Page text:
Typhoid Vaccine Inactivated (Systemic)
Typhoid Vaccine Inactivated (Systemic)
Typhoid (TYE-foid) fever is a serious disease that can cause death. It is caused by a germ calledSalmonella typhiand is spread most often through infected food or water. Typhoid may also be spread by close person-to-person contact with infected persons (such as occurs with persons living in the same household). Some infected persons do not appear to be sick, but they can still spread the germ to others.
Typhoid fever is rare in the U.S. and in other areas of the world that have good water and sewage (waste) systems. However, it is a problem in parts of the world that do not have such systems. If you are traveling to certain countries, or to remote, out-of-the-way areas, typhoid vaccine will help protect you from typhoid fever. The U.S. Centers for Disease Control (CDC) currently recommend caution in the following areas of the world:
• Latin America
Typhoid vaccine given by injection helps prevent typhoid fever but does not provide 100% protection. Therefore, it is very important to avoid infected persons and food and water that may be infected, even if you have received the vaccine.
To get the best possible protection against typhoid, you should complete the vaccine dosing schedule at least 1 week before you travel to areas where you may be exposed to typhoid.
Also, if you will be traveling regularly to parts of the world where typhoid is a problem, you should get a booster (repeat) dose of the vaccine every 3 years.
Typhoid vaccine is to be used only by or under the supervision of a doctor. It is available in the following dosage form:
Before Receiving This Vaccine
In deciding to use a medicine, the risks of taking the medicine must be weighed against the good it will do. This is a decision you and your doctor will make. For typhoid vaccine, the following should be considered:
Tell your doctor if you have ever had any unusual or allergic reaction to typhoid vaccine. Also tell your health care professional if you are allergic to any other substances, such as preservatives.
Studies on effects in pregnancy have not been done in either humans or animals.
This vaccine has not been reported to cause problems in nursing babies.
Typhoid vaccine is not recommended for infants and children up to 6 months of age. For infants and children 6 months of age and over, this vaccine is not expected to cause different side effects or problems than it does in adults.
Many medicines have not been studied specifically in older people. Therefore, it may not be known whether they work exactly the same way they do in younger adults. Although there is no specific information comparing use of typhoid vaccine in the elderly with use in other age groups, this vaccine is not expected to cause different side effects or problems in older people than it does in younger adults.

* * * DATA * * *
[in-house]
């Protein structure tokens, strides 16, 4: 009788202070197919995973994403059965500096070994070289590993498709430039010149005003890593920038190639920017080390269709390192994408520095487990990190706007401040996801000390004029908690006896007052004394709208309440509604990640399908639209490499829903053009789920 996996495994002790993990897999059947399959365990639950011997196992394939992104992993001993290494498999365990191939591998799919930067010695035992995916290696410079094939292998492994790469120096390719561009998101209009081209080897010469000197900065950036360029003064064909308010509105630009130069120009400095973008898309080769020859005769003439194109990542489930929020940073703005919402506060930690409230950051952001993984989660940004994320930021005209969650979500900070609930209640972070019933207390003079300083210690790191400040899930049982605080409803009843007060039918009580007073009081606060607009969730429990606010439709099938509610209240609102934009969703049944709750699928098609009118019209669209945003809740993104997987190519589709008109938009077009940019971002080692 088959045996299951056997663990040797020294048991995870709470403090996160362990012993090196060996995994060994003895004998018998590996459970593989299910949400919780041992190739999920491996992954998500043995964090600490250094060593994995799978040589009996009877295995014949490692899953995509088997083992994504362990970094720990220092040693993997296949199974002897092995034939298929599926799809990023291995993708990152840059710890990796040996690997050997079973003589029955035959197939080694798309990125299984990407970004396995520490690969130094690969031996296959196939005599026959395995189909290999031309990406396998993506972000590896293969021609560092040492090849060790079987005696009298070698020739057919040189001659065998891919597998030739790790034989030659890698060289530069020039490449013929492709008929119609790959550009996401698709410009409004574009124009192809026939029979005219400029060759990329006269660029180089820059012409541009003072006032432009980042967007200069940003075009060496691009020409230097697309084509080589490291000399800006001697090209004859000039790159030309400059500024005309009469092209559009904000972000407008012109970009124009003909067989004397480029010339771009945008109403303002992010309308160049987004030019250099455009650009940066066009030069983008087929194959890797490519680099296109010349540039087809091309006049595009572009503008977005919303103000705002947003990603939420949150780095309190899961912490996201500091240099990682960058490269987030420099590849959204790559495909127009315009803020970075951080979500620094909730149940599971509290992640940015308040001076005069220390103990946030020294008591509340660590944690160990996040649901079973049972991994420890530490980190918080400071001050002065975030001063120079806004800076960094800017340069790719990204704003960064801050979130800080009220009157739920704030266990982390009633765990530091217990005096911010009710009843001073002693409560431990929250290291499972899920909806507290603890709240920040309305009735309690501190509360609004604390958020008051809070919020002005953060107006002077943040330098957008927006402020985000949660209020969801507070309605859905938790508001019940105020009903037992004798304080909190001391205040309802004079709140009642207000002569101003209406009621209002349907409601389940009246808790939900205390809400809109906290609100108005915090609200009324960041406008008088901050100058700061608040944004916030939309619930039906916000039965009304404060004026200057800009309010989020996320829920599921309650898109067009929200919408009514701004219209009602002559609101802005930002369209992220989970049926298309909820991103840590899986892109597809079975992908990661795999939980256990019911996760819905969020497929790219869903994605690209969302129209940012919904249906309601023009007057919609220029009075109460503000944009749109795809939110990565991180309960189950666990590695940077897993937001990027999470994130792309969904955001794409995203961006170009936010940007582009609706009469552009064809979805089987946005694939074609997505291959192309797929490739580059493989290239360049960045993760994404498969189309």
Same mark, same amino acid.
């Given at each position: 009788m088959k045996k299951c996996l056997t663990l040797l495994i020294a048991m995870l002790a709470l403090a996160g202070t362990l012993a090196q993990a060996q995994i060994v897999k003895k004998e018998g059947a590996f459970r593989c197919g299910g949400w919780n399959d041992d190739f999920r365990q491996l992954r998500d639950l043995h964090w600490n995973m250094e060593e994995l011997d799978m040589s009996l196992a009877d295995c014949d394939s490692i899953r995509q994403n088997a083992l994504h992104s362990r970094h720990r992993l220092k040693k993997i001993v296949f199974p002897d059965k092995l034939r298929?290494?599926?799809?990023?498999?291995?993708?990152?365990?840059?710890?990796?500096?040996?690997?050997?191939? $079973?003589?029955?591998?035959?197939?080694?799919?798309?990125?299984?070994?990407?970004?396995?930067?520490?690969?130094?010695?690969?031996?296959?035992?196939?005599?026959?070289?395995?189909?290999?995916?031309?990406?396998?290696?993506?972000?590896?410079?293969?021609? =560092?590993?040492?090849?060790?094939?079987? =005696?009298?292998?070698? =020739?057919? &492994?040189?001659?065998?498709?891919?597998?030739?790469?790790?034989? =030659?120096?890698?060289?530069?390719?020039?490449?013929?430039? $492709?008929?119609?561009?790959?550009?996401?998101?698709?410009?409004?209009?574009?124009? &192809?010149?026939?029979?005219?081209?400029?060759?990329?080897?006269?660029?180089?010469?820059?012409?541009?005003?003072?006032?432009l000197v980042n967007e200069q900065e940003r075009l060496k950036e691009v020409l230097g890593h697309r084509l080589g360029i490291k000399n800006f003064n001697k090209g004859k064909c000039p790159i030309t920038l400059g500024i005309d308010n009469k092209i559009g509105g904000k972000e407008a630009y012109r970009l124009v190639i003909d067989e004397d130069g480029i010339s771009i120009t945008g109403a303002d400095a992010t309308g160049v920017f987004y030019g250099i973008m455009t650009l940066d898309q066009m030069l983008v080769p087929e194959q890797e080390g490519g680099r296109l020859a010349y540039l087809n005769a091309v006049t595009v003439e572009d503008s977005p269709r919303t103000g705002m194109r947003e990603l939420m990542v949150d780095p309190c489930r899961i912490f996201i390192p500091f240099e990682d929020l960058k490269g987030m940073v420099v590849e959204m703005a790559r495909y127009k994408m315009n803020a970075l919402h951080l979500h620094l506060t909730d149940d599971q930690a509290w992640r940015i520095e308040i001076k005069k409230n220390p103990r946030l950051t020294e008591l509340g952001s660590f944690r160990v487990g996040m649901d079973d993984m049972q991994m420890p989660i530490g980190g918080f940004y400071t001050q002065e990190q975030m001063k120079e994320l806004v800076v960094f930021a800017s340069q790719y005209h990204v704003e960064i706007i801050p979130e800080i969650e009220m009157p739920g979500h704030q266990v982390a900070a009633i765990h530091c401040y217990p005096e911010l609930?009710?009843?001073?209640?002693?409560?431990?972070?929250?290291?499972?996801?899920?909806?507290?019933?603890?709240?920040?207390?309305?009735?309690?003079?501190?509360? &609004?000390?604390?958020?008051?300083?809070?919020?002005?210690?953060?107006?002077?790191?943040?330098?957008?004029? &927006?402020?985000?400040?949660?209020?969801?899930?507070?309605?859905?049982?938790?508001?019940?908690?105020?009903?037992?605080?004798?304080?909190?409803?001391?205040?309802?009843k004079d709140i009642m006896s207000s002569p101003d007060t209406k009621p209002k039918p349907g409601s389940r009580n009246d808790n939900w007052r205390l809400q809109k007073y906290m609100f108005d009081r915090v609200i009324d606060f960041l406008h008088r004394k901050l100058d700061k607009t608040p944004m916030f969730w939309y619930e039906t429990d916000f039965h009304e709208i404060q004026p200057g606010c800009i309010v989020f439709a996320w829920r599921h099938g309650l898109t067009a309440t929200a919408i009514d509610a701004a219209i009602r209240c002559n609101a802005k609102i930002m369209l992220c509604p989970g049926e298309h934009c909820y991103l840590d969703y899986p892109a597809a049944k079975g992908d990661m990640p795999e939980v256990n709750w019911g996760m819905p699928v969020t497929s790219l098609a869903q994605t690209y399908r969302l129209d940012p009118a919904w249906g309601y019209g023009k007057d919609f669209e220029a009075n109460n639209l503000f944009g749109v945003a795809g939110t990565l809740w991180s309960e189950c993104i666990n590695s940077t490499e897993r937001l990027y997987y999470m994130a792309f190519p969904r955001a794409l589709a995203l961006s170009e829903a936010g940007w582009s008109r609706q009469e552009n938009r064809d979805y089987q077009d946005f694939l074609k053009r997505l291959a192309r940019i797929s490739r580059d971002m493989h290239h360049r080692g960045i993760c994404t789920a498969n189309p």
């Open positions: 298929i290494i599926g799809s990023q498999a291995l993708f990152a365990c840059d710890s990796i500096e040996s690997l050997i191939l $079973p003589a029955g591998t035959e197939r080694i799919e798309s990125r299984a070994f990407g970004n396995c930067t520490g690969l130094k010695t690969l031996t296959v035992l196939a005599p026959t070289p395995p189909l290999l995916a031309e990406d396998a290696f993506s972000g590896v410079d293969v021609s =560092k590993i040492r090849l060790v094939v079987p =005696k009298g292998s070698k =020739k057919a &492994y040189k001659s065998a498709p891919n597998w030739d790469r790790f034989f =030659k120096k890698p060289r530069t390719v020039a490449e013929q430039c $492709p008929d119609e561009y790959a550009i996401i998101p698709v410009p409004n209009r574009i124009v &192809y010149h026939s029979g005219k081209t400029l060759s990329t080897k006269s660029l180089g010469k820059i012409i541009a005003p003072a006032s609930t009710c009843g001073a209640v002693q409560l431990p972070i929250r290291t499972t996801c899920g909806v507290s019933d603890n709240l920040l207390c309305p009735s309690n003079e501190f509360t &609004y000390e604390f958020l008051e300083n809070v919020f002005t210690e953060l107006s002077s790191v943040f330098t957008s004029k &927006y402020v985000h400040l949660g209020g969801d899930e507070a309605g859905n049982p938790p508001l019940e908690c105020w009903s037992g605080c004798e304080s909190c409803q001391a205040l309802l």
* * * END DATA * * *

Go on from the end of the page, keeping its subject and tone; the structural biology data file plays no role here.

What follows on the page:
Although certain medicines should not be used together at all, in other cases two different medicines may be used together even if an interaction might occur. In these cases, your doctor may want to change the dose, or other precautions may be necessary. Tell your health care professional if you are taking any other prescription or nonprescription (over-the-counter [OTC]) medicine.
Other medical problems
The presence of other medical problems may affect the use of typhoid vaccine. Make sure you tell your doctor if you have any other medical problems, especially:
• Previous sensitivity reaction to typhoid vaccine-Use of typhoid vaccine is not recommended
• Severe illness with fever-The symptoms of the condition may be confused with the side effects of the vaccine
Proper Use of This Vaccine
It is important that you complete the full vaccine dosing schedule. If all the doses are not taken or if doses are not taken at the correct times, the vaccine may not work properly.
The dose of typhoid vaccine will be different for different patients. Follow your doctor's orders .
Side Effects of This Vaccine
Along with its needed effects, a vaccine may cause some unwanted effects. Although not all of these side effects may occur, if they do occur they may need medical attention. It is very important that you tell your doctor about any side effects that occur after a dose of typhoid vaccine , even though the side effect may have gone away without treatment. Some types of side effects may mean that you should not receive any more doses of typhoid vaccine.
Get emergency help immediately if any of the following side effects occur :
Chest pain; difficulty in breathing or swallowing; hives; itching, especially of feet or hands; joint pain; reddening of skin, especially around ears; swelling of eyes, face, or inside of nose; unusual tiredness or weakness (sudden and severe).
Other side effects may occur that usually do not need medical attention. These side effects may go away as your body adjusts to the vaccine. However, check with your doctor if any of the following side effects continue or are bothersome:
Fever; general feeling of discomfort or illness; headache; muscle pain; pain, redness, or swelling at place of injection.
Other side effects not listed above may also occur in some patients. If you notice any other effects, check with your doctor.
July 06, 2003